Too often people equate target practice with self-defense, and while target practice is important, there are other skills that should be honed just as much as target practice.
Put Your Confidence in Yourself
I’m a firm believer in self-defense with the empty hand first. A person who is competent with their hands and feet are less likely to escalate a fight to a shooting match when a good attack with your bare hands would have sufficed. In a situation where a person has broken into your home and is robbing you, drawing a gun forces that person to use a similar weapon if he is carrying one. Had you been an effective martial artist you could have dealt with the situation without a gun having ever been drawn because the thief would not have felt the need to use a gun.
If your confidence is in a weapon and not your hands and feet, what happens if you drop your gun, it gets jammed, he takes your gun, or you just can’t get it out of the safe? You are defenseless. Even worse, you may have just given your assailant your own gun if you lose it in a fight. A gun should always be your last recourse. If you don’t know self-defense, it becomes your first choice. Using a gun tends to invite legal troubles. Maybe you have heard the saying, I’d rather be judged by 12 than carried by 6.
Make it Your Last Resort during self-defense
I’d rather not have to worry about either of those outcomes. If you’re going to have a handgun in the home for self-defense there are some things you can do to stack the odds in your favor. Probably the most important is to use your gun only as a last resort. Draw your weapon only if you are certain that you or your loved ones are going to die if you don’t. Then that saying becomes true, it is better to be judged by 12 than having yourself or your loved ones carried by 6 pallbearers. Before you bring a firearm into the house for self-defense, it’s important to set the ground rules. Under what circumstances will you draw your weapon? This is an extremely vital point. Ambivalence kills. If you are wishy- washy your indecision is likely to get you killed. Decide under what set of circumstances you are going to draw your gun and then stick to them!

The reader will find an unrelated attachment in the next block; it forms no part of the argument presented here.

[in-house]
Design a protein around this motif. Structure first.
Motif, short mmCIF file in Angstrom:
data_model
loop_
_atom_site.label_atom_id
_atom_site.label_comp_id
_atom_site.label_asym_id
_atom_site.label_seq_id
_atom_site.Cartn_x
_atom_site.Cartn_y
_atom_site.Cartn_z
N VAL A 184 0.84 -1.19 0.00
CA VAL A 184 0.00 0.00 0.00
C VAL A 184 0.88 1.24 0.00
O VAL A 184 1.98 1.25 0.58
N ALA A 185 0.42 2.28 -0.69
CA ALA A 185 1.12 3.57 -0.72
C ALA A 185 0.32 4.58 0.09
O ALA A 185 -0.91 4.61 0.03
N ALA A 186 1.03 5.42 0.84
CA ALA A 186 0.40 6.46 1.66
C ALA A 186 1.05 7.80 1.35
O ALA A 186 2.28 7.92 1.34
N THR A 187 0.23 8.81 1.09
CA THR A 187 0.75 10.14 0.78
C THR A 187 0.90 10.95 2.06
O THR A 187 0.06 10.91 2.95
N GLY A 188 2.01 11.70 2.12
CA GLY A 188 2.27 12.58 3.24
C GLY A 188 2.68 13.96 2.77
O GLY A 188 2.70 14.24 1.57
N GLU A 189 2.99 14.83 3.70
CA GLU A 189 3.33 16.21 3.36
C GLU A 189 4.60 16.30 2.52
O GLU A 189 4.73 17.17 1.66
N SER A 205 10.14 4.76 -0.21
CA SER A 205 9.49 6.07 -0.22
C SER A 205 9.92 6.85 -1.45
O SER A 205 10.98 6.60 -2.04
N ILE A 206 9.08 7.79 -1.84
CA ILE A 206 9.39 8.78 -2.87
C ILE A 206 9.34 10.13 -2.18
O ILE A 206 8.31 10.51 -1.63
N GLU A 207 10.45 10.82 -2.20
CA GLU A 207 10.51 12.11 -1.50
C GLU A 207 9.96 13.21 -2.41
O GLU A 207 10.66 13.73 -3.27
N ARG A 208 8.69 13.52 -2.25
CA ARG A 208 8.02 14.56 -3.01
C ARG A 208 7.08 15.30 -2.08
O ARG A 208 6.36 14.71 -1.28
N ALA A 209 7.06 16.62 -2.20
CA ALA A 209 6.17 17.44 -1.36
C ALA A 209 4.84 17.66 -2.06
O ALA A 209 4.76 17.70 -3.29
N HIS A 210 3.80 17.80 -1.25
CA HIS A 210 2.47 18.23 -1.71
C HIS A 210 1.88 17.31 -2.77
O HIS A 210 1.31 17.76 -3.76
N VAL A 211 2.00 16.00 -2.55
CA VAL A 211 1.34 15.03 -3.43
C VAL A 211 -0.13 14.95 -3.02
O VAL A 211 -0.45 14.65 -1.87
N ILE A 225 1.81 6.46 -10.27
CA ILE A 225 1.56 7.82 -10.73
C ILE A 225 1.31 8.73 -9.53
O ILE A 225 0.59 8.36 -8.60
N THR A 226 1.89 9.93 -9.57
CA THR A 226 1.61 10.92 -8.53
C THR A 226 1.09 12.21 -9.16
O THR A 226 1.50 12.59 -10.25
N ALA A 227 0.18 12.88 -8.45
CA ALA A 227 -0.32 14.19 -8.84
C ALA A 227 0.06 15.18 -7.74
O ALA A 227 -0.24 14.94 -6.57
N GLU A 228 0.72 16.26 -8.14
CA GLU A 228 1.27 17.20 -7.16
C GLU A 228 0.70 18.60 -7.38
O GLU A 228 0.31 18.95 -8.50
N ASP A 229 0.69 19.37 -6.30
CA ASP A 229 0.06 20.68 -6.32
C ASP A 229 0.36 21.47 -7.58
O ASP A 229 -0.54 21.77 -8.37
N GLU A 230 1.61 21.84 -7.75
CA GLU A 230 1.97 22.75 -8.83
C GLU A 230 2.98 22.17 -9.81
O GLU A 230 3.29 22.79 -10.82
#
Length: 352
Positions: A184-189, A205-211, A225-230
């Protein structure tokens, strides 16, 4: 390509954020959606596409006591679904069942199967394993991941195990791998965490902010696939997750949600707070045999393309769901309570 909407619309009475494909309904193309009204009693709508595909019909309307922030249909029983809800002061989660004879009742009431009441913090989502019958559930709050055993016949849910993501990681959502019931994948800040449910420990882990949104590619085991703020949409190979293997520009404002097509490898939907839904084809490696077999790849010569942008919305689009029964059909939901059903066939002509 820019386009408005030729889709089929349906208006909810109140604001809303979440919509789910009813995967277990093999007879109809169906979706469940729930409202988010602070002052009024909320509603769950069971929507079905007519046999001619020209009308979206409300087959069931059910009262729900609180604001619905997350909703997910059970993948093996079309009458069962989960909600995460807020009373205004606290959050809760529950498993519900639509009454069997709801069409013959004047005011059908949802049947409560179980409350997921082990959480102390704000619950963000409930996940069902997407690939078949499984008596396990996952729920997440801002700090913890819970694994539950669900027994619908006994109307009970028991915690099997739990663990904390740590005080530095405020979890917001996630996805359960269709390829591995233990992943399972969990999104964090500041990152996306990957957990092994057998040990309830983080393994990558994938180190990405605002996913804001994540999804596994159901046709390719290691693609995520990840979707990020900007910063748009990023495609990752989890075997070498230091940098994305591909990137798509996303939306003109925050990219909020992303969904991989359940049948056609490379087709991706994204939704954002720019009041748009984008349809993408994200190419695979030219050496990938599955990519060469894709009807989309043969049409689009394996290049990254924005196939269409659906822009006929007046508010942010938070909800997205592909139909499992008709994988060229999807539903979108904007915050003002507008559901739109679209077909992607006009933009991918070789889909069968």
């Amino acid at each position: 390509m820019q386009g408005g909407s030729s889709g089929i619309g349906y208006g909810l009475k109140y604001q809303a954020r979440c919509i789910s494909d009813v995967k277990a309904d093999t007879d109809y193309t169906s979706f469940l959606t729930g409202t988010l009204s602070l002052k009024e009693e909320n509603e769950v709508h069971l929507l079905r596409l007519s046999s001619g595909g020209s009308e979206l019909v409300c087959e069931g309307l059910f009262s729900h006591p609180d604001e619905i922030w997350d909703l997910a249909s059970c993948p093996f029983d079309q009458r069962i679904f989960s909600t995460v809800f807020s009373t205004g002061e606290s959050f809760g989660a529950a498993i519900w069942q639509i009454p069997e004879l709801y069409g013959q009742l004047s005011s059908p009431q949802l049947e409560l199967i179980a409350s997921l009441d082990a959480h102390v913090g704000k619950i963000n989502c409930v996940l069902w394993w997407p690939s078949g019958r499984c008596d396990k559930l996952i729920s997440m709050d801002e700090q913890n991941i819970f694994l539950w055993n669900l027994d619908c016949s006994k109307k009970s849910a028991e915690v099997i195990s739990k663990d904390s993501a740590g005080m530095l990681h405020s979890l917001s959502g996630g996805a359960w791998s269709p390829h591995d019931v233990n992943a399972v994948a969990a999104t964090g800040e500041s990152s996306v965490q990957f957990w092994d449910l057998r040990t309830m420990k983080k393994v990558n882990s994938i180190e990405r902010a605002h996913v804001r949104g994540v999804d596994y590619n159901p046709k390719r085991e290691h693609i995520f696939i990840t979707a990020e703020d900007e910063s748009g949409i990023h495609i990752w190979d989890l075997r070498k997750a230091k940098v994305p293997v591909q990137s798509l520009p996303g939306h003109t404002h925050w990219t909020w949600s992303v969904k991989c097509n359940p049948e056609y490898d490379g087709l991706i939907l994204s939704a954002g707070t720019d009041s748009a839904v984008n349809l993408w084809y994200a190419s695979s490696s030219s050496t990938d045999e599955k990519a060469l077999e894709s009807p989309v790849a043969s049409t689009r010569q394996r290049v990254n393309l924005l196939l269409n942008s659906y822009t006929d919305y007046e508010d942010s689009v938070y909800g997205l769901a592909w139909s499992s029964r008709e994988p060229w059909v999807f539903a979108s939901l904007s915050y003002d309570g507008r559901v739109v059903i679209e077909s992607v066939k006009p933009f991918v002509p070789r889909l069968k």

Don’t Point and Don’t Threaten
Do you really want to be in a gun battle in the dead of night with sleep in your eyes? The easiest way to ensure that you will be involved in a gun battle is to point your gun and threaten to shoot someone. That violates so many tenets of self-defense, chief among them, and the element of surprise. Don’t fight fair. If someone breaks into your home are they thinking about what is fair? If someone attacks you I guarantee they’re not worried about fairness and honor. If you draw your weapon and do not immediately shoot you are giving your thief the chance to draw his own weapon, and he’s not going to have the same ambivalence about whether to shoot you or not, not when you’re pointing a gun at him. While you’re pointing and threatening, you are also giving him the opportunity to disarm you. Make a commitment to yourself that you will only draw your gun as a life and death last resort, and then if you draw, you shoot.
If you can follow those simple rules you are less likely to have to worry about sitting in a courtroom justifying pulling the trigger. For that very reason many people will suggest that if you’re going to shoot, you kill. Like the saying goes, Dead men don’t tell tales.No one wants to deal with the guy you shot when he was breaking into your house, suing you after he gets out of the hospital. Don’t forget, for those and many other reasons, it’s far better to rely on your hands and feet than a hunk of metal that’s likely to get you into trouble.
Preston Cooper Is a professional blogger that provides information and advice on firearms. He writes for Fire Arms For You, the top online rifle store and online shotgun store.